Even though large corporations might seem like an obvious target, small businesses are very attractive to thieves and hackers. Small businesses usually have significant assets that make them an attractive target but not enough money to invest in the proper form of protection. This allows the hackers and thieves to take advantage of them. Putting your dream into reality and starting a small business requires time and financial investment so you should do everything to protect it or you’re risking losing everything you’ve built. Fortunately, numerous simple tactics can provide physical and cyber security of your valuable business assets. Read on to learn the essential steps for protecting your small business.
Investing in a decent alarm system can help you reduce business losses by allowing you to connect and monitor your premises in more efficient ways. If the worst happens and your business experiences a break-in, motion systems and alarms are the quickest way to learn about it and act accordingly. Finally, the alarm verification system will help you decrease false alarms and improve police response time.
Security cameras are essential for investigation and deterrence. For example, in the event of an accident, the images that cameras collect can be used to review it and learn what happened. Furthermore, they can also protect you from legal action from unsubstantiated liability suits that customers may bring against your business.
Business insurance protects you from financial losses from accidents, property damage, or injury involving your business. There are several types of insurance, including commercial liability insurance. You can get business insurance online and easily curate a custom package that fits your business goals. The insurance price will vary depending on employees, business scope, industry, and other factors.
Changing locks is one of the most straightforward steps you should make to protect your small business; yet, this practice is often overlooked. Place high-security locks on doors that lead to rooms with expensive equipment or sensitive information. Commercial-grade locks are the best option for companies with heavy foot traffic. These locks can withstand more usage and are easy to maintain and fix.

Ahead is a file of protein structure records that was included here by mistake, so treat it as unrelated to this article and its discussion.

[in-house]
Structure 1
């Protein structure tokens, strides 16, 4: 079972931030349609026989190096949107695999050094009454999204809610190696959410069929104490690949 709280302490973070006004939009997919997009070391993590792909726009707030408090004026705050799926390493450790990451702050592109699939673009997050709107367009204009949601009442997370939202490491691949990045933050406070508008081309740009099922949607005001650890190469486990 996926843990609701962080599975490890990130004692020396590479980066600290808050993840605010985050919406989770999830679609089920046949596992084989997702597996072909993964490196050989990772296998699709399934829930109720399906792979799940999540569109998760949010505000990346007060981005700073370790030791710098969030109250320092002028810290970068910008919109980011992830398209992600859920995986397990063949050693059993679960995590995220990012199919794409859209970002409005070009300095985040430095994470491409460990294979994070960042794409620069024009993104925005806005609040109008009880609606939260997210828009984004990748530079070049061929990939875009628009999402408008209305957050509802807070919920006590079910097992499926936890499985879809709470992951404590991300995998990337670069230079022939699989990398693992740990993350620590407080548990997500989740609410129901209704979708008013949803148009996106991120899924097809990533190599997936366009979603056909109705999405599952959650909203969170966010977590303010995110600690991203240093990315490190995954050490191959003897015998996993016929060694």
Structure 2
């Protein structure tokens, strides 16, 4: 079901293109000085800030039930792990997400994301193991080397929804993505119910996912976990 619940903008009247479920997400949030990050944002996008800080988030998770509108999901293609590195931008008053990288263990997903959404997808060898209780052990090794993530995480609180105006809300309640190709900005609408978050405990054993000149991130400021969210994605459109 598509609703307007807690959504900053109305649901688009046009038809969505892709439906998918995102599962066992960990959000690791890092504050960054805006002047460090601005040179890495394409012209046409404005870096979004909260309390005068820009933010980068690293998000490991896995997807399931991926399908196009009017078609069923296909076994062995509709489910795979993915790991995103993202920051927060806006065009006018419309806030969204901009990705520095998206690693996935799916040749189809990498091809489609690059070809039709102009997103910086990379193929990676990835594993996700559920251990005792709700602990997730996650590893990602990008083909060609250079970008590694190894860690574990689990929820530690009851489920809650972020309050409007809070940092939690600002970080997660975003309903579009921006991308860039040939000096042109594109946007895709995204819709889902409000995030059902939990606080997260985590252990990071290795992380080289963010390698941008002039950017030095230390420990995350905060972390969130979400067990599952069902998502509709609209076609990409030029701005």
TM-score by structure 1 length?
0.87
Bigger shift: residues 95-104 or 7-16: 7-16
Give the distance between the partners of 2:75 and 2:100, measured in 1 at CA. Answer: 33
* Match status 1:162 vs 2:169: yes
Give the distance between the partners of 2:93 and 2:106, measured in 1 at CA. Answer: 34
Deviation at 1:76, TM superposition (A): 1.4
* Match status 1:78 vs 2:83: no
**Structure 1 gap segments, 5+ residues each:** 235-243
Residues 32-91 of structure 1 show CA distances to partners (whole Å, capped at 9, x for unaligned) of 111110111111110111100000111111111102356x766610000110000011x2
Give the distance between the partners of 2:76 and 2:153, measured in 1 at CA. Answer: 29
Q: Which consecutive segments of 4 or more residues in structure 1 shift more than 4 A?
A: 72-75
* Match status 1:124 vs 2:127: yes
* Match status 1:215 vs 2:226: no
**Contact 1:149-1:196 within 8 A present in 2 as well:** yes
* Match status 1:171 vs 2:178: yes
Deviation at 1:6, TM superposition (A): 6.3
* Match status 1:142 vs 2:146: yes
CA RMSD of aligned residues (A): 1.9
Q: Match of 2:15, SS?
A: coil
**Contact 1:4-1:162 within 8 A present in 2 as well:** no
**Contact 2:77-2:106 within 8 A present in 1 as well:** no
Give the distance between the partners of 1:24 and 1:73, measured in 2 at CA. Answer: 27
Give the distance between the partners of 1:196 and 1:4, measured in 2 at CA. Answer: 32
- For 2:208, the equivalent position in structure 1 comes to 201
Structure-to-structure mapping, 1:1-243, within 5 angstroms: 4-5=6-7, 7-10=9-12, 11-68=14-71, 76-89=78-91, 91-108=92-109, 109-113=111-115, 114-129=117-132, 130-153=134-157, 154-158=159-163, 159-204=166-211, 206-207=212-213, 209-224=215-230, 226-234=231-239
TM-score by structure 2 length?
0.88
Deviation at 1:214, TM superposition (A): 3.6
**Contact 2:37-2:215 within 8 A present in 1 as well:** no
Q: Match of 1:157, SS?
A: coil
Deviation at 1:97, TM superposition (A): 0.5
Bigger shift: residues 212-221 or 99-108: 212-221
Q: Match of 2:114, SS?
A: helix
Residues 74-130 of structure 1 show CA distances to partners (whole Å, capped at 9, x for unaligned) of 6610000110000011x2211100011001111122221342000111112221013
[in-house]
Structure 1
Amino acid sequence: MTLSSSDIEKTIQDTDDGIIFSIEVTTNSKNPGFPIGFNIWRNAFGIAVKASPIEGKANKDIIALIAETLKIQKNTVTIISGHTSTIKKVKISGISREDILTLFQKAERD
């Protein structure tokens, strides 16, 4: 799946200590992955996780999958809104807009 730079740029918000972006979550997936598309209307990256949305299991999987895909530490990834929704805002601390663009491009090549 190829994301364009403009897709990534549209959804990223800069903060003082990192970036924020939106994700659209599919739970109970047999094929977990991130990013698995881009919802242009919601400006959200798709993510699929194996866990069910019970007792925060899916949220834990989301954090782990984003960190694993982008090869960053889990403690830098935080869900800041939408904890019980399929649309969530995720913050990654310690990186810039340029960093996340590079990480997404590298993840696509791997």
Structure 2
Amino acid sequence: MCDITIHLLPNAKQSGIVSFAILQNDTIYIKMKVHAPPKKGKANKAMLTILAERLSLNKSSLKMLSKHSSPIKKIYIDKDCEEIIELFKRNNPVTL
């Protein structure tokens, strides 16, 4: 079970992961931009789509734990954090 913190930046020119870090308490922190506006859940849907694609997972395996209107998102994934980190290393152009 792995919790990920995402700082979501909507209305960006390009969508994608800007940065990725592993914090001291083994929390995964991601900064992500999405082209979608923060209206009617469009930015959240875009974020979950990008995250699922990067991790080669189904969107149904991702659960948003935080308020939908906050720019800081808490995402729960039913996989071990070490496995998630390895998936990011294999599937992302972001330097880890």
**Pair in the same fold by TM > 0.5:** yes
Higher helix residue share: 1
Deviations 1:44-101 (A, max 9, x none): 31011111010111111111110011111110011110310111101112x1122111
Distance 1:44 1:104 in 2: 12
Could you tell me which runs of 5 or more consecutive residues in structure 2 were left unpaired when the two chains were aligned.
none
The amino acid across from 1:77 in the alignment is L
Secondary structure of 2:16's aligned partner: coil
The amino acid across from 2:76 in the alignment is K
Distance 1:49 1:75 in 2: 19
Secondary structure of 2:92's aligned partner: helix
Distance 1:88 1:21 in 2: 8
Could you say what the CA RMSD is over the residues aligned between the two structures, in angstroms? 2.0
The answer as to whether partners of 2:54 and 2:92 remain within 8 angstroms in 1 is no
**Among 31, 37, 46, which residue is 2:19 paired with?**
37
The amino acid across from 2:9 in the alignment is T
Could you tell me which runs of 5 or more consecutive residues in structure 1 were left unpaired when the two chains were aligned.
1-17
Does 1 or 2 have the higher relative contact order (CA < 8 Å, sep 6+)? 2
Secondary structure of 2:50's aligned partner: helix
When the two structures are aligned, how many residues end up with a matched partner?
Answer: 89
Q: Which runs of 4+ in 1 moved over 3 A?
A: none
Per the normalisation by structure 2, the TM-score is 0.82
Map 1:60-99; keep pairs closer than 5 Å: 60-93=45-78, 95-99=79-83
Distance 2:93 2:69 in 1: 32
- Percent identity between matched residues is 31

Passwords should be unique and contain at least eight characters. The best password practices suggest that length is more beneficial than complexity. So, it might be good to use a password management system to discourage using simple passwords. Moreover, encourage your employees to change their passwords frequently and consider implementing two-factor authentication for sensitive programs.
Emails are considered the weakest point of digital entry, so get software that scans the emails for potential viruses and dangerous links. Additionally, educate your employees about basic email safety precautions like enabling a DMARC record and the most common email scams and phishing tactics.
Finally, if you deal with clients’ data, encrypt documents, so both the recipient and sender need a passcode to open it.
Wi-Fi devices come with a default password, so make sure to encrypt the network by setting up a new, unique password. The router will likely ask you to choose from multiple password types, and one of the most secure options is a Wi-Fi Protected Access II (WPA2) code. Moreover, hide your network, so the router doesn’t broadcast the network name. Finally, if you want to provide access to Wi-Fi to your customers or clients, you can set up a guest account with different passwords and security measures.
A firewall provides a barrier between your business data and cybercriminals. It prevents outsiders from accessing the data on your private network. Think of it as the first line of defense in a cyber attack. In addition to a standard external firewall, consider installing an internal firewall for extra protection. Likewise, encourage even the employees who work from home to install a firewall as well.
Regularly back up company data and files. Pay special attention to crucial data like databases, human resources files, financial data, and accounts receivable/payable files. It’s always a good idea to have multiple backups both offsite and in the cloud. That way, you’re protecting your business from any event that restricts your ability to access your data, like a natural disaster or ransomware.
Even if you feel like your business is safe, the fact is that all small businesses face a high risk of being targeted. But, following these simple yet essential steps for protecting your small business, you should be able to ward off the majority of potential threats moving forward. Don’t forget that keeping your small business safe requires devising a proactive strategy. You should reinforce your security measures before something happens and not in response to something happening.